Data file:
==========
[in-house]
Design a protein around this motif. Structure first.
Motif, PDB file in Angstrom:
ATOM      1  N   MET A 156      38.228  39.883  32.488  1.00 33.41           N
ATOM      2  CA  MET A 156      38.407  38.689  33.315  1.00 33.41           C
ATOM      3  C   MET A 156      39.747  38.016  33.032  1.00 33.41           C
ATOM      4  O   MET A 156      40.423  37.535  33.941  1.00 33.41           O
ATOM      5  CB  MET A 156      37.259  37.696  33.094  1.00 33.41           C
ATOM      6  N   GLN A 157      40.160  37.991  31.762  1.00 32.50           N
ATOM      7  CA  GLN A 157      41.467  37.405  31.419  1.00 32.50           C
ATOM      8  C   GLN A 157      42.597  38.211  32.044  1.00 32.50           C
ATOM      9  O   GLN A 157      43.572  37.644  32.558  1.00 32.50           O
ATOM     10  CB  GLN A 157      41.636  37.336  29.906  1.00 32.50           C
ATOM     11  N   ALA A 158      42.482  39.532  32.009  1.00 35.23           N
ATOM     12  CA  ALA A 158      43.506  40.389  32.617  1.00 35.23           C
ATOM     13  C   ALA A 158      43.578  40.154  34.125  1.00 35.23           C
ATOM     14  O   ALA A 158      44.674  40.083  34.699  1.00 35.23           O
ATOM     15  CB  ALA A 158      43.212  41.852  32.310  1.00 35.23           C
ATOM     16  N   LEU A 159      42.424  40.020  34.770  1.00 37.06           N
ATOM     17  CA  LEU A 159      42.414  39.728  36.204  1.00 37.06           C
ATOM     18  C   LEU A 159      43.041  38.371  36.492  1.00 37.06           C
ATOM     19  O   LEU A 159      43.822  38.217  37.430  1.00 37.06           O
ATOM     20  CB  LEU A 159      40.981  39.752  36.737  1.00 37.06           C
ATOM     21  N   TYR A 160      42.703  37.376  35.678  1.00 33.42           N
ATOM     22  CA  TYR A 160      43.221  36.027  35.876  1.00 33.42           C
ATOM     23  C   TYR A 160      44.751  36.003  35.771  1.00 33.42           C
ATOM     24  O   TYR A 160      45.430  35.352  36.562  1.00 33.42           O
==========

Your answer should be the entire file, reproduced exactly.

[in-house]
Design a protein around this motif. Structure first.
Motif, PDB file in Angstrom:
ATOM      1  N   MET A 156      38.228  39.883  32.488  1.00 33.41           N
ATOM      2  CA  MET A 156      38.407  38.689  33.315  1.00 33.41           C
ATOM      3  C   MET A 156      39.747  38.016  33.032  1.00 33.41           C
ATOM      4  O   MET A 156      40.423  37.535  33.941  1.00 33.41           O
ATOM      5  CB  MET A 156      37.259  37.696  33.094  1.00 33.41           C
ATOM      6  N   GLN A 157      40.160  37.991  31.762  1.00 32.50           N
ATOM      7  CA  GLN A 157      41.467  37.405  31.419  1.00 32.50           C
ATOM      8  C   GLN A 157      42.597  38.211  32.044  1.00 32.50           C
ATOM      9  O   GLN A 157      43.572  37.644  32.558  1.00 32.50           O
ATOM     10  CB  GLN A 157      41.636  37.336  29.906  1.00 32.50           C
ATOM     11  N   ALA A 158      42.482  39.532  32.009  1.00 35.23           N
ATOM     12  CA  ALA A 158      43.506  40.389  32.617  1.00 35.23           C
ATOM     13  C   ALA A 158      43.578  40.154  34.125  1.00 35.23           C
ATOM     14  O   ALA A 158      44.674  40.083  34.699  1.00 35.23           O
ATOM     15  CB  ALA A 158      43.212  41.852  32.310  1.00 35.23           C
ATOM     16  N   LEU A 159      42.424  40.020  34.770  1.00 37.06           N
ATOM     17  CA  LEU A 159      42.414  39.728  36.204  1.00 37.06           C
ATOM     18  C   LEU A 159      43.041  38.371  36.492  1.00 37.06           C
ATOM     19  O   LEU A 159      43.822  38.217  37.430  1.00 37.06           O
ATOM     20  CB  LEU A 159      40.981  39.752  36.737  1.00 37.06           C
ATOM     21  N   TYR A 160      42.703  37.376  35.678  1.00 33.42           N
ATOM     22  CA  TYR A 160      43.221  36.027  35.876  1.00 33.42           C
ATOM     23  C   TYR A 160      44.751  36.003  35.771  1.00 33.42           C
ATOM     24  O   TYR A 160      45.430  35.352  36.562  1.00 33.42           O